Longtime Washington Post auto writer Brown dies
Warren Brown, who covered the auto industry for more than 30 years for The Washington Post, died Thursday from kidney disease complications at the age of 70, reports Adam Bernstein of The Post.
Bernstein writes, “A colleague advised him that to ‘make it’ at The Post, he should carve out a beat no one else wanted and make it his fiefdom. Flummoxing some editors, he petitioned to leave the national desk to join the business staff and write about the auto industry.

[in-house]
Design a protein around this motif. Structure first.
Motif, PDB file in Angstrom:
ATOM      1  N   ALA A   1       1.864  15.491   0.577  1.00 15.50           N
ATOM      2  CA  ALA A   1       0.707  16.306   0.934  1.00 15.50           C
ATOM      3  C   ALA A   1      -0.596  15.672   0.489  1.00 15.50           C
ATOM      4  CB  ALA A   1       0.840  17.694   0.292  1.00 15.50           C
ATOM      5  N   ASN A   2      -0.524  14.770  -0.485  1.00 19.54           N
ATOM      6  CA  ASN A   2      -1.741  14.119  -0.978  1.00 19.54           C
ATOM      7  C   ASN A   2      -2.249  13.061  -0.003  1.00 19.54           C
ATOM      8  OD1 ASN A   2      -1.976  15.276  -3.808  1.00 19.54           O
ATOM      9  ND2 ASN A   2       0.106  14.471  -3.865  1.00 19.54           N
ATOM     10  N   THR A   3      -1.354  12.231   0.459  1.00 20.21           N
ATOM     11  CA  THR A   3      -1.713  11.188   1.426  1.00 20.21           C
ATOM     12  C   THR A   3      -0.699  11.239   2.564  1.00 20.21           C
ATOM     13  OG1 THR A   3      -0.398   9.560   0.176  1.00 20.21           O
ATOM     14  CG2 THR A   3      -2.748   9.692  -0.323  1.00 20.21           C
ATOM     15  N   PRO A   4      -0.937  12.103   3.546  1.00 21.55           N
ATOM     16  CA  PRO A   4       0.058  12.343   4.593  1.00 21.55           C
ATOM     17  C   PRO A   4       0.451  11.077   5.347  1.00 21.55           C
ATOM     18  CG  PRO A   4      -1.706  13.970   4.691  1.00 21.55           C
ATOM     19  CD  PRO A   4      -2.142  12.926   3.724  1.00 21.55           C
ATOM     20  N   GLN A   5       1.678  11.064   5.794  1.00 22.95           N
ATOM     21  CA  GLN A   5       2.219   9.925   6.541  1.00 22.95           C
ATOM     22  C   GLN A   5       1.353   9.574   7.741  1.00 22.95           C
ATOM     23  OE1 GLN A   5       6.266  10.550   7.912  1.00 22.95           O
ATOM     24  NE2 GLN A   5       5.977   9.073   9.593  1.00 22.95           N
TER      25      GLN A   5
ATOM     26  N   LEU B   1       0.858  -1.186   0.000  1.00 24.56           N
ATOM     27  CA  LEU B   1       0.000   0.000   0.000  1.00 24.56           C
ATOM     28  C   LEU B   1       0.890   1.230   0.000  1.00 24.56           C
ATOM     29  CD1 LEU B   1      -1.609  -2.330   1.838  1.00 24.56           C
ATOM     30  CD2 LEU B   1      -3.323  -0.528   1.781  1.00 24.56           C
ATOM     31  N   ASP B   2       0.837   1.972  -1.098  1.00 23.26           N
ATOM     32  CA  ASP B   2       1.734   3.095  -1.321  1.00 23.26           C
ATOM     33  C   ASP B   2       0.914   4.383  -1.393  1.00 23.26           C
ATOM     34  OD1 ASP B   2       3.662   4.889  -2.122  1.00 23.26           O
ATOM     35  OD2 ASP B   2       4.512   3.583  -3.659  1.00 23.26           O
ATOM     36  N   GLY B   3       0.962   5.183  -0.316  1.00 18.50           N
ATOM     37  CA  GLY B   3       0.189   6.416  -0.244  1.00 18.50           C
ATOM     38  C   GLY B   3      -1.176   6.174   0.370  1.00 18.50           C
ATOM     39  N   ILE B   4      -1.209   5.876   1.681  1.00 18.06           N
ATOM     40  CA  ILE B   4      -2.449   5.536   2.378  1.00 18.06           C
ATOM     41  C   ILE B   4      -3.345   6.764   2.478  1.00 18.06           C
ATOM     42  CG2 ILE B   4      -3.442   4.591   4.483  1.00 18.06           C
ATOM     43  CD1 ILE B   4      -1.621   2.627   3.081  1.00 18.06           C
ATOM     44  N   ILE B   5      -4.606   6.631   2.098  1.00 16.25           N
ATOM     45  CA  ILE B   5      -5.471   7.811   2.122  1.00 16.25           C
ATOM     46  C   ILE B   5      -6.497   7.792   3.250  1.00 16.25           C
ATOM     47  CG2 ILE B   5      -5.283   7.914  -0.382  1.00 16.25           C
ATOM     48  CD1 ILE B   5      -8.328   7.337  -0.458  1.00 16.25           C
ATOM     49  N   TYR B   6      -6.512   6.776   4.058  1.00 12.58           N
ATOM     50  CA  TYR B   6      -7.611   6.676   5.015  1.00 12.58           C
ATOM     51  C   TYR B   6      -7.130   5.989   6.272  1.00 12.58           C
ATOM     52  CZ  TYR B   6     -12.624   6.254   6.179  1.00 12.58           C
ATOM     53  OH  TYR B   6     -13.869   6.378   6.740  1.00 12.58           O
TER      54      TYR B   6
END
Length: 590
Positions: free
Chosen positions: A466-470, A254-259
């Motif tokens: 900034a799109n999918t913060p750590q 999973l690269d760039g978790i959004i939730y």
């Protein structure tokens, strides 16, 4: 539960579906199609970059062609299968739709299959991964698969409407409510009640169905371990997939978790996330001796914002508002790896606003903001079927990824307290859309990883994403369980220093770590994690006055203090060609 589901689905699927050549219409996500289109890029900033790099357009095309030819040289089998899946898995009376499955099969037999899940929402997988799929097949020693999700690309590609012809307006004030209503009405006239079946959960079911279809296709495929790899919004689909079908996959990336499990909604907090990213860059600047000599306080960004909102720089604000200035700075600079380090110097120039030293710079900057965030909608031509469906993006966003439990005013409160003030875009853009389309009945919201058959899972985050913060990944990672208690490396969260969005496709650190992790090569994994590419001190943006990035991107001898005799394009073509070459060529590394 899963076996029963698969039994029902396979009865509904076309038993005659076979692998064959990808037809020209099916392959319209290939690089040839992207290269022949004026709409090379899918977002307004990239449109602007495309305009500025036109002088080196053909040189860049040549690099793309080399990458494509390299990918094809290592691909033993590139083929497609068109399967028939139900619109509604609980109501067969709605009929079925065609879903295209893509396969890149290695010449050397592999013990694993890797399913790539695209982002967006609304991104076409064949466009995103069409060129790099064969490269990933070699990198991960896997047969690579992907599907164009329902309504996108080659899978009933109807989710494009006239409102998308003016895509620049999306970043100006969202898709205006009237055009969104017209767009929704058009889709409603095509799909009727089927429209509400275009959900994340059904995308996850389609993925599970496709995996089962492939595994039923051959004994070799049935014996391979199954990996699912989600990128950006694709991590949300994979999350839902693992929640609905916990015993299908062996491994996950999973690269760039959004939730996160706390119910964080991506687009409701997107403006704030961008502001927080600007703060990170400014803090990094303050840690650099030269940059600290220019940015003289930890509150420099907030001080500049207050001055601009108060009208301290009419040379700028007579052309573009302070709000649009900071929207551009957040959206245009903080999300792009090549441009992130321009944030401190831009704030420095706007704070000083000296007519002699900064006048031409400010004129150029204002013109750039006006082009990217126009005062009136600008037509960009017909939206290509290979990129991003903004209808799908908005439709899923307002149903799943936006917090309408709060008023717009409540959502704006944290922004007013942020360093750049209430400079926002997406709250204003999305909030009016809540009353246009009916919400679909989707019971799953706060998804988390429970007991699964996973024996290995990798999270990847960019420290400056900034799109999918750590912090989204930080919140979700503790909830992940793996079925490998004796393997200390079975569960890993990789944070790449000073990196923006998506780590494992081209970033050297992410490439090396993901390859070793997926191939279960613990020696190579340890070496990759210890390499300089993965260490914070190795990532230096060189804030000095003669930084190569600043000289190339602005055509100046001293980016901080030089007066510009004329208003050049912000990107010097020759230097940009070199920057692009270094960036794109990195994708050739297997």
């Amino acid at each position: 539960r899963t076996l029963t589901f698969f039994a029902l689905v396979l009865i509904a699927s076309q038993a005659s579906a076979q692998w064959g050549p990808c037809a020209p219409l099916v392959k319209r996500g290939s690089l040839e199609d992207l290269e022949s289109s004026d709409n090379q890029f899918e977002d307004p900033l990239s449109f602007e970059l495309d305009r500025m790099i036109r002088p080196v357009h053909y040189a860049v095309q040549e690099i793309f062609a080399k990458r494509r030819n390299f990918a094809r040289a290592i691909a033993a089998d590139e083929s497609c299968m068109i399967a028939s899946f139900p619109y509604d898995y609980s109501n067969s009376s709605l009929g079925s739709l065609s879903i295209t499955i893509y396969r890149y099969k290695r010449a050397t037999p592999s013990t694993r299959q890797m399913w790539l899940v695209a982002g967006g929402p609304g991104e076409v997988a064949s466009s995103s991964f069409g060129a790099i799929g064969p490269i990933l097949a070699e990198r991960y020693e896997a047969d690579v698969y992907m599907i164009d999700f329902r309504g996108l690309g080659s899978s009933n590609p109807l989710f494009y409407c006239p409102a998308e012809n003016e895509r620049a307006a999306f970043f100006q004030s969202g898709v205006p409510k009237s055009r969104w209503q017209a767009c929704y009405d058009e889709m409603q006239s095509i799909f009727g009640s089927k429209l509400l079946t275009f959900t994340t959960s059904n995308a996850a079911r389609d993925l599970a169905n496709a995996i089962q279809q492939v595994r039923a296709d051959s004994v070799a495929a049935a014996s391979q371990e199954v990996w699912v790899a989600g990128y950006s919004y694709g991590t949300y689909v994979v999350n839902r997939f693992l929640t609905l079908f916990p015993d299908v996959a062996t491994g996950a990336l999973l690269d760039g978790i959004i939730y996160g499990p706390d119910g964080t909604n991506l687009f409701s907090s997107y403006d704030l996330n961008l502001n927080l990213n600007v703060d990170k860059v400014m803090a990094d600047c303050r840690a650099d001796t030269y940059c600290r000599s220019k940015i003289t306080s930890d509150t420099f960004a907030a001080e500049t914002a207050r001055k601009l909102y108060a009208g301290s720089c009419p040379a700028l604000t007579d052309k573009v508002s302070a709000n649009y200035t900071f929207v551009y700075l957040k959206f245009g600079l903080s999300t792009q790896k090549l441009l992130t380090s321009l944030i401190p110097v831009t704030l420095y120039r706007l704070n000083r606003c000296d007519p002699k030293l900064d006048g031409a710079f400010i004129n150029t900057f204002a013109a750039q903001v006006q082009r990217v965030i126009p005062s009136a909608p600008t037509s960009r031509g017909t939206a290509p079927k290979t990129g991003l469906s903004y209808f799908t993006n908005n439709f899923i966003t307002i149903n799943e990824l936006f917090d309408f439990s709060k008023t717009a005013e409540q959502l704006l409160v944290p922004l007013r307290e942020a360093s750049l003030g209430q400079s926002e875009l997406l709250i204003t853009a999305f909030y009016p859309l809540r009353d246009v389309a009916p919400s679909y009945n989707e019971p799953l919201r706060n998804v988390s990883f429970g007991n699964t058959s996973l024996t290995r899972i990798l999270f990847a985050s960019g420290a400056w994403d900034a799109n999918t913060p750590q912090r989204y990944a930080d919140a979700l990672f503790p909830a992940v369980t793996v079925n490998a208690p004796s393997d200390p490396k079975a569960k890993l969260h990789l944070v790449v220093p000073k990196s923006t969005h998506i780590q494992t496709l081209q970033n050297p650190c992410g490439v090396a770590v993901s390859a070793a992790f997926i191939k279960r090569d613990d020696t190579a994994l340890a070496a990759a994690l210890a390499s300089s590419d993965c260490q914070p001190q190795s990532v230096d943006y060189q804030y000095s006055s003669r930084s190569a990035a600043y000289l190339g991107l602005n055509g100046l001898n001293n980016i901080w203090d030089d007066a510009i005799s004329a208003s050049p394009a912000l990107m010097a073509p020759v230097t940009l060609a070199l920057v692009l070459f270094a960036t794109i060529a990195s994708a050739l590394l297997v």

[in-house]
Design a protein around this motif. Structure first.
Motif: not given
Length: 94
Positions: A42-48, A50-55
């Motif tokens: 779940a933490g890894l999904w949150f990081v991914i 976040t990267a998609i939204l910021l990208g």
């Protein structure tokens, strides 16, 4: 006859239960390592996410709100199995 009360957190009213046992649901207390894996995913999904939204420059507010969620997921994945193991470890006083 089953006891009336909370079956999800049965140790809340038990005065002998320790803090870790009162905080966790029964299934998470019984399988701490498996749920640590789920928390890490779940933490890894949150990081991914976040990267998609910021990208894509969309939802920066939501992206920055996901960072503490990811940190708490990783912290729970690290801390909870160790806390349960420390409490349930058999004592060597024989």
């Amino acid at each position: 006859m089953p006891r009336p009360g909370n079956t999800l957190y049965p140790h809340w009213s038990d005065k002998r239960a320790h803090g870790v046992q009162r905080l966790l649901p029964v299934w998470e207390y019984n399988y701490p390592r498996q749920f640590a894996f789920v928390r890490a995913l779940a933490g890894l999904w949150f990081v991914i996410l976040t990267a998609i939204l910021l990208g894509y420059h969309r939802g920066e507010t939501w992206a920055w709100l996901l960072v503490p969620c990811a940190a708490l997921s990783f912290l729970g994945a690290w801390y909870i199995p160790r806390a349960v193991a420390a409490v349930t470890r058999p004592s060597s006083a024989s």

“He explained that he felt called to the job for reasons he traced to his upbringing in the segregated South. Black passengers, including his college-educated father, were almost always forced to the back of city buses.
“‘Freedom came when my parents and black neighbors bought their own cars,’ he said in the C-SPAN interview. ‘That way they could not only sit up front, but could also drive the things. And that to me was power, that to me was freedom.’
“Mr. Brown reported on automotive safety regulations, trade unions and executive shake-ups at General Motors and other companies. He eventually launched a weekly column, now called On Wheels, and hosted a weekly online chat called Real Wheels Live.”
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